With many businesses forced to send employees home due to the spread of Covid-19, the question arises: "How can teams effectively communicate in a remote work environment?" Thanks to technology, distance is no longer an obstacle in communication. Keeping in touch and sharing ideas from across the globe are only a phone call, email, or video call away.
Three Keys to Effective Communication
Communication is a two-way process of reaching a mutual understanding between participants who are not only exchanging information, but also creating and sharing meaning. The effectiveness of communication depends on three factors: the content, the context, and the receiver.
Focus on the content—the actual words. Whether it's an email, video call, or chat message, be as clear as possible. If you need a response, be explicit. If there is a deadline, be specific. Poorly written messages can easily be misinterpreted and walking down the hall to ask for clarification isn't an option.
Don't forget about the context—body language, facial expressions, and gestures. Although communication between remote workers is frequently written in emails and chats, be mindful of video calls. Someone's face on a computer monitor is only a small window into what is going on around them.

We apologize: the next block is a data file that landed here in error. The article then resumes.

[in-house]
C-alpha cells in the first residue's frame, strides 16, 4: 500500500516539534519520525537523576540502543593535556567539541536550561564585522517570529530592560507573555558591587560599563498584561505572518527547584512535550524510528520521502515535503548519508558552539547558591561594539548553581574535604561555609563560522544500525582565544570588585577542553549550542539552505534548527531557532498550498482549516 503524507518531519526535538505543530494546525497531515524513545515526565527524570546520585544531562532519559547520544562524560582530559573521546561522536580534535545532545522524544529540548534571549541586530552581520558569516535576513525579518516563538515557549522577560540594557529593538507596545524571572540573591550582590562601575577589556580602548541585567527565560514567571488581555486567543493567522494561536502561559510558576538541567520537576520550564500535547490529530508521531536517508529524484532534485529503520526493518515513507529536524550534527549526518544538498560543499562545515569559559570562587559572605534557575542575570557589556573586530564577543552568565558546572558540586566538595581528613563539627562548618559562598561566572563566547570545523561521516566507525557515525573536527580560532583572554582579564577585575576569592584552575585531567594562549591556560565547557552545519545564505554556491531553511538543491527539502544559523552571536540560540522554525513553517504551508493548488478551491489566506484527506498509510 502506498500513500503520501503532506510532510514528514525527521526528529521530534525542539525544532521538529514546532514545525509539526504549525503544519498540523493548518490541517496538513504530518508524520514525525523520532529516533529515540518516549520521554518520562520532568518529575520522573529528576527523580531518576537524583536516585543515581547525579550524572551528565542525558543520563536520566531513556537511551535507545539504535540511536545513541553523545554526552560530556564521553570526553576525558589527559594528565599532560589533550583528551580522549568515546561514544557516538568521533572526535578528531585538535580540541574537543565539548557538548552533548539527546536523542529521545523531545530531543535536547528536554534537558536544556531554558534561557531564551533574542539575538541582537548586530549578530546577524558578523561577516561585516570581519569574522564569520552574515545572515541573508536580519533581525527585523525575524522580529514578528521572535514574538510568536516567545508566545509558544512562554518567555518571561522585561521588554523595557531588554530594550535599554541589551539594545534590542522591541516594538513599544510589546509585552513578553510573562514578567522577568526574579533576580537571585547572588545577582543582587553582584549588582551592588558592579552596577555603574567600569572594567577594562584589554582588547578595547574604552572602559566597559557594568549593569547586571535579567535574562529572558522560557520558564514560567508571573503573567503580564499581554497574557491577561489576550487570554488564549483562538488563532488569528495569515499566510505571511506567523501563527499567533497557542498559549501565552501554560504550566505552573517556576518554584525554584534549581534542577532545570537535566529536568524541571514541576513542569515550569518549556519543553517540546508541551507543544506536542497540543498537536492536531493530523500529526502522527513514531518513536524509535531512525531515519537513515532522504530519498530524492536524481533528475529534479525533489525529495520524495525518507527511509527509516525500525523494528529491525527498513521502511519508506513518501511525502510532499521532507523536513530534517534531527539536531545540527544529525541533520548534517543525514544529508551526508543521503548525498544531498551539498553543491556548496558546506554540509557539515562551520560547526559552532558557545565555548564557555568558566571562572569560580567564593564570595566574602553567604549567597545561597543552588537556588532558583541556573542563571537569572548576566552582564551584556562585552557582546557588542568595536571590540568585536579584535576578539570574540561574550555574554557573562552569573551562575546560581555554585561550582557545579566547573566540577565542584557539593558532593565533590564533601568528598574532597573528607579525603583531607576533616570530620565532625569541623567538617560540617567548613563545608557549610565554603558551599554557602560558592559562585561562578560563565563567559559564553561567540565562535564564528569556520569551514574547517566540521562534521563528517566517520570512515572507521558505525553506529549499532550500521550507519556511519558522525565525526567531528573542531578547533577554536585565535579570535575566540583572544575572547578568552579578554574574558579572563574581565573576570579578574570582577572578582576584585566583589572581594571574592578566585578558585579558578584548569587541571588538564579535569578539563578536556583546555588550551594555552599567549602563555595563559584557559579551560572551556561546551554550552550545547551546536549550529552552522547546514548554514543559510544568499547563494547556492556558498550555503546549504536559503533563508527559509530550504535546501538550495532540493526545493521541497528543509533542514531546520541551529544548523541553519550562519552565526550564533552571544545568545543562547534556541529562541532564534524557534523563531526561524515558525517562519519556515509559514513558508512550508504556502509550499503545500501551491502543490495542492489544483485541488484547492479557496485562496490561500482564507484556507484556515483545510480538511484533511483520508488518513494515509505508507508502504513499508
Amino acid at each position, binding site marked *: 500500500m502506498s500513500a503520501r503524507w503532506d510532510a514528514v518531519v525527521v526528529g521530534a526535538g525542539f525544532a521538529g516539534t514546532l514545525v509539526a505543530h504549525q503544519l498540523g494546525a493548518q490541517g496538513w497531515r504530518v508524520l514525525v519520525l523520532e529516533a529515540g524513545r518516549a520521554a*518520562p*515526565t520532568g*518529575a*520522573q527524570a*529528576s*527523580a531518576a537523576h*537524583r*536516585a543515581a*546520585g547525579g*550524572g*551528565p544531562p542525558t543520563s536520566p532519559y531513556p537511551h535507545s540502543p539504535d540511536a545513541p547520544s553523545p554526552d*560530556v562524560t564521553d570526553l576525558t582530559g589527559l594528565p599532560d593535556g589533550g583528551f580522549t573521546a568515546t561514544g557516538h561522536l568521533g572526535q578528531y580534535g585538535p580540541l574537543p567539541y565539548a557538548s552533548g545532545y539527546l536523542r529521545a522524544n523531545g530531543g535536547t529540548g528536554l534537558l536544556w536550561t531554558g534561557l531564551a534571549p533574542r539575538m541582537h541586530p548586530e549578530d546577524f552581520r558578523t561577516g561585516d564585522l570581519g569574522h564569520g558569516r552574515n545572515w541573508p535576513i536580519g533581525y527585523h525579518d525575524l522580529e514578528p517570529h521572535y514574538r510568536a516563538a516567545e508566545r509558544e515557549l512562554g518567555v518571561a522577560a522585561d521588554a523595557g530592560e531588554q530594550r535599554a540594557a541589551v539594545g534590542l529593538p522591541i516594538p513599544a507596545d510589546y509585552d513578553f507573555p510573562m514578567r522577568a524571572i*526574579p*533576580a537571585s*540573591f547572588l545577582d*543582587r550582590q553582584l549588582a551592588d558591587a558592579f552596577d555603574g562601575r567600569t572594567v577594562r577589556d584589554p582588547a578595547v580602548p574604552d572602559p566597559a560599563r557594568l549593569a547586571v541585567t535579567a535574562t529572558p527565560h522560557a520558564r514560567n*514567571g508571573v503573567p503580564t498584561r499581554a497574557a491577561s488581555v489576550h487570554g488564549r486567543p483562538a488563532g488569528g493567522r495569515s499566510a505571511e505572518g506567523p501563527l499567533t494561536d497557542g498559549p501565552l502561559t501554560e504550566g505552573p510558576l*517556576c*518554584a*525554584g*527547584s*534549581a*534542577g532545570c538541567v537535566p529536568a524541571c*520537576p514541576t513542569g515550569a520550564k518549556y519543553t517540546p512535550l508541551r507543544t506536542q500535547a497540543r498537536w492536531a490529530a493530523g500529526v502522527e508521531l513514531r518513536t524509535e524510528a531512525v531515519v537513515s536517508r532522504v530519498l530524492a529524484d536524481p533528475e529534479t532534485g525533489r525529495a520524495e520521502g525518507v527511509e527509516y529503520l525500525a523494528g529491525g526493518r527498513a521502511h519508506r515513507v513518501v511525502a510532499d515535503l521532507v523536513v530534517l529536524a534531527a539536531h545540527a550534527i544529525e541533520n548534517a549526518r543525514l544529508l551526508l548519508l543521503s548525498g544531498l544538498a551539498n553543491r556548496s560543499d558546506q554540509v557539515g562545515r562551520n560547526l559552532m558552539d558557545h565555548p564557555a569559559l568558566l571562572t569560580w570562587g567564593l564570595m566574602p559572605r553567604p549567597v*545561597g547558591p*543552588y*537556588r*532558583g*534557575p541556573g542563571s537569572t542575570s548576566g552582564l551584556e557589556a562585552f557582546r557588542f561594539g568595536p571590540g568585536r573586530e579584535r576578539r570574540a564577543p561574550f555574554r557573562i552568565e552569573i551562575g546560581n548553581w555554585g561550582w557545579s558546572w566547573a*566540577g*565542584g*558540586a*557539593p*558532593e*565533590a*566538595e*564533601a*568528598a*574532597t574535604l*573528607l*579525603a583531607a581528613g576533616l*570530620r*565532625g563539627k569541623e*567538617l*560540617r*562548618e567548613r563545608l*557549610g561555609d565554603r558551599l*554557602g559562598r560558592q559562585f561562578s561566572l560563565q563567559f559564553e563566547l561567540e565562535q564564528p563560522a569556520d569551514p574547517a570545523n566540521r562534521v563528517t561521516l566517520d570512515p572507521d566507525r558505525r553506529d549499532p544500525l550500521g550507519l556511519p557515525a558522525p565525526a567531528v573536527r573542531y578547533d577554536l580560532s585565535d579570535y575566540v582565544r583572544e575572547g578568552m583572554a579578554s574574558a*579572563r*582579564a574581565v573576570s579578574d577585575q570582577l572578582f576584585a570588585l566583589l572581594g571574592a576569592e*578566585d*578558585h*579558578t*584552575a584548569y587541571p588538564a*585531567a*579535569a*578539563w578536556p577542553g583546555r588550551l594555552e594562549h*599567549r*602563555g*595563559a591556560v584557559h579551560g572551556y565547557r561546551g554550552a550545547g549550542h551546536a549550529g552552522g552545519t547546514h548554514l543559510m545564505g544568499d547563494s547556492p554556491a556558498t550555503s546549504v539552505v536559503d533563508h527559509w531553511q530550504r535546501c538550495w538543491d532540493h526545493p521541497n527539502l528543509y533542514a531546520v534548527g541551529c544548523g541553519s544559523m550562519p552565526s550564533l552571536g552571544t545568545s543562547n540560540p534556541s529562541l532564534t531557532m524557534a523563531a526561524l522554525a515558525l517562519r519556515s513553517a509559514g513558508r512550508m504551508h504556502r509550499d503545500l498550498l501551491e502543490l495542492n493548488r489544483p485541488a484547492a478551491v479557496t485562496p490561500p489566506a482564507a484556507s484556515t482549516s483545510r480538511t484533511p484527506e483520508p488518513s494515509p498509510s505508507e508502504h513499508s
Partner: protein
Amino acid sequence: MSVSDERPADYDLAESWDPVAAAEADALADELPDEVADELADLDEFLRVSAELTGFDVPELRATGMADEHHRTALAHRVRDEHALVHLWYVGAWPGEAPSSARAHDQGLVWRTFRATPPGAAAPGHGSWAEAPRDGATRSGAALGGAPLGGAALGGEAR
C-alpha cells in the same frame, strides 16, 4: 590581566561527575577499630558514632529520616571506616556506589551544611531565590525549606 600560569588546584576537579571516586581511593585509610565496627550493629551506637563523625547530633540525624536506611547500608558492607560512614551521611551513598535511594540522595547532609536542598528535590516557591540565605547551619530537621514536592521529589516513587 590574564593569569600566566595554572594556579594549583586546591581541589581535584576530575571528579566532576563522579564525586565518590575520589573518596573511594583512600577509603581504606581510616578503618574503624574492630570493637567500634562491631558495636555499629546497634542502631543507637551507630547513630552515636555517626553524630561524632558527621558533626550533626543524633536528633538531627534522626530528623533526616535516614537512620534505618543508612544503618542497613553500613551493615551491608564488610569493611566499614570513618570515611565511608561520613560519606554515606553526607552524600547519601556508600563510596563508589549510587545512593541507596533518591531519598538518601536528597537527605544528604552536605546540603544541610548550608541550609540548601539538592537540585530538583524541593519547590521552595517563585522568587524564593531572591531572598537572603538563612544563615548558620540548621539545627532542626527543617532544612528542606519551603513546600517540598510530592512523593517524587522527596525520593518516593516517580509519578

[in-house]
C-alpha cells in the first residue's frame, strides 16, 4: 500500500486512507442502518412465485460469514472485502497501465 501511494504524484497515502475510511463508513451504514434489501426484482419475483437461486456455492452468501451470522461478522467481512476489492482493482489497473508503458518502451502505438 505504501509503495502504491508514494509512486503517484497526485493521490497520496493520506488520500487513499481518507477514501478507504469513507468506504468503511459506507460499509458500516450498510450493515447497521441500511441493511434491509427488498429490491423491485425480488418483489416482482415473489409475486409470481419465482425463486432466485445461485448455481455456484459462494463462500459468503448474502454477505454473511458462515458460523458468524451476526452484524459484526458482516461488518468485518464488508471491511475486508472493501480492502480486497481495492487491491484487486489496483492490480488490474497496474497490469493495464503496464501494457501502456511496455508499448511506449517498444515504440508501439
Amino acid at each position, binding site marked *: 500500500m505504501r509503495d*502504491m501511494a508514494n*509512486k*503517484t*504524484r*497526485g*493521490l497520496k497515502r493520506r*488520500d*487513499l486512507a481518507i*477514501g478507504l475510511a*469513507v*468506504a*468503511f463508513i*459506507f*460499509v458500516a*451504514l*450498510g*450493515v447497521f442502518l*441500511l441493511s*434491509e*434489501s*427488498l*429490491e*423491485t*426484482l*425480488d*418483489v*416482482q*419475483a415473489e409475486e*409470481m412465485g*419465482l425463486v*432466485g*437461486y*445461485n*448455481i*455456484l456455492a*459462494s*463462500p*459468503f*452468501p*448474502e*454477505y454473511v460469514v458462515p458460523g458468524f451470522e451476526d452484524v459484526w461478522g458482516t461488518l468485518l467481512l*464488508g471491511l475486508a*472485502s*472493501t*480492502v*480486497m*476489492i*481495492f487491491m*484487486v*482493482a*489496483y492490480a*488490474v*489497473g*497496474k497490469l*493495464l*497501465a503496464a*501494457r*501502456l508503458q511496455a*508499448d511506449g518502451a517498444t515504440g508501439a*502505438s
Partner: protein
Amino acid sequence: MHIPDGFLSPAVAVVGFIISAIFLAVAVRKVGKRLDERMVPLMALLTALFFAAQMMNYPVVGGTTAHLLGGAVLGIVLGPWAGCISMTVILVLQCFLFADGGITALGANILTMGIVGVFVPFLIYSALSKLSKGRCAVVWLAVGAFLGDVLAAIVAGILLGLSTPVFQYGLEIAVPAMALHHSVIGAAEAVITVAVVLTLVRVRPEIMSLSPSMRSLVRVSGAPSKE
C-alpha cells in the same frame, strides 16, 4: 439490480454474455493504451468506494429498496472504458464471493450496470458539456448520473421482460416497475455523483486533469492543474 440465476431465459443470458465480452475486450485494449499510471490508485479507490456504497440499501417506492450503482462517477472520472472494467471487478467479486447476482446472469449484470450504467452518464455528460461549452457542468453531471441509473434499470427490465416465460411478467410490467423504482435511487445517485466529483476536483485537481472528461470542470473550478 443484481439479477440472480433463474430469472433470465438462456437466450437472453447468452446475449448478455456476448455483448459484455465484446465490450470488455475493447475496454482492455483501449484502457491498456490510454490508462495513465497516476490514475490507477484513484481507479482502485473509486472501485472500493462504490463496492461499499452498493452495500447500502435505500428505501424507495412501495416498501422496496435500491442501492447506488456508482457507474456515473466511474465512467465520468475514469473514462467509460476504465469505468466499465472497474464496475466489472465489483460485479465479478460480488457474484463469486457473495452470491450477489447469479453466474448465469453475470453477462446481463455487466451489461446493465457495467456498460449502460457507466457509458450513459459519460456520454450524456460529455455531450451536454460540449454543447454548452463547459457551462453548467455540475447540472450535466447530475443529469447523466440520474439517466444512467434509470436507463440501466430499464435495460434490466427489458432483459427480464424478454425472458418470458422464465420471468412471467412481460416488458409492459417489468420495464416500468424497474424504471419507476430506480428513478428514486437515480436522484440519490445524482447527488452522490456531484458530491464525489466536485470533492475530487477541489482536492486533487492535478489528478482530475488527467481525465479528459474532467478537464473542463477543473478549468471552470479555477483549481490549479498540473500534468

Consider the receiver. This is very important when working apart.
How should you communicate? Email is effective for delivering data, but it is a poor method of communicating personal information. Phone calls and video sessions are better for communicating personal messages about performance or praise.
What should you communicate? In addition to sharing pertinent information for workers to accomplish their jobs, keeping remote workers "in the loop" may also help them feel more connected. Just because you can’t physically see them doesn’t mean you should stop sharing information.
How frequently should you communicate? Leaders should interact with their team daily, especially in a remote environment. Frequent check-ins keep everyone on the same page. Make sure your team understands the purpose of these check-ins so they are not perceived as micromanaging.
Although it may seem challenging to stay in contact with your team during this transition, it’s up to you as the leader to set the example. Incorporating these three factors of communication while your team is working remotely will help you set them up for success during this period.
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